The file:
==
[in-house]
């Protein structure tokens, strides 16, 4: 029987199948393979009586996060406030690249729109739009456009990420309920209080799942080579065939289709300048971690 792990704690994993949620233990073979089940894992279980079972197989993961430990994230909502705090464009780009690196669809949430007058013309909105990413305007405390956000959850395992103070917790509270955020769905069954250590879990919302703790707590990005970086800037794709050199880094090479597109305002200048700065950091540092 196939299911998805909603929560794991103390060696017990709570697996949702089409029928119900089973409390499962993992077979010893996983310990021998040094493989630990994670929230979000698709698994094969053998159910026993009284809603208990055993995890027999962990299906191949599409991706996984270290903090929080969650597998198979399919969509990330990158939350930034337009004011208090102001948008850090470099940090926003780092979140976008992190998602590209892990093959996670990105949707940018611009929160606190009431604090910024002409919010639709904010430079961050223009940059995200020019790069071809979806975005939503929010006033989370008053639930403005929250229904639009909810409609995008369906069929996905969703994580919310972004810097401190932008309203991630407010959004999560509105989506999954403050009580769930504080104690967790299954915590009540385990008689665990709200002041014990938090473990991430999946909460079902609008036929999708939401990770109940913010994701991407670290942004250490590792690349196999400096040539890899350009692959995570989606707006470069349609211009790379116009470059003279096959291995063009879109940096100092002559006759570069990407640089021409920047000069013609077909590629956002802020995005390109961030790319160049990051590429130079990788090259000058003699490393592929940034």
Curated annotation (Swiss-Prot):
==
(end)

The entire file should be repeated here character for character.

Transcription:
[in-house]
């Protein structure tokens, strides 16, 4: 029987199948393979009586996060406030690249729109739009456009990420309920209080799942080579065939289709300048971690 792990704690994993949620233990073979089940894992279980079972197989993961430990994230909502705090464009780009690196669809949430007058013309909105990413305007405390956000959850395992103070917790509270955020769905069954250590879990919302703790707590990005970086800037794709050199880094090479597109305002200048700065950091540092 196939299911998805909603929560794991103390060696017990709570697996949702089409029928119900089973409390499962993992077979010893996983310990021998040094493989630990994670929230979000698709698994094969053998159910026993009284809603208990055993995890027999962990299906191949599409991706996984270290903090929080969650597998198979399919969509990330990158939350930034337009004011208090102001948008850090470099940090926003780092979140976008992190998602590209892990093959996670990105949707940018611009929160606190009431604090910024002409919010639709904010430079961050223009940059995200020019790069071809979806975005939503929010006033989370008053639930403005929250229904639009909810409609995008369906069929996905969703994580919310972004810097401190932008309203991630407010959004999560509105989506999954403050009580769930504080104690967790299954915590009540385990008689665990709200002041014990938090473990991430999946909460079902609008036929999708939401990770109940913010994701991407670290942004250490590792690349196999400096040539890899350009692959995570989606707006470069349609211009790379116009470059003279096959291995063009879109940096100092002559006759570069990407640089021409920047000069013609077909590629956002802020995005390109961030790319160049990051590429130079990788090259000058003699490393592929940034």
Curated annotation (Swiss-Prot):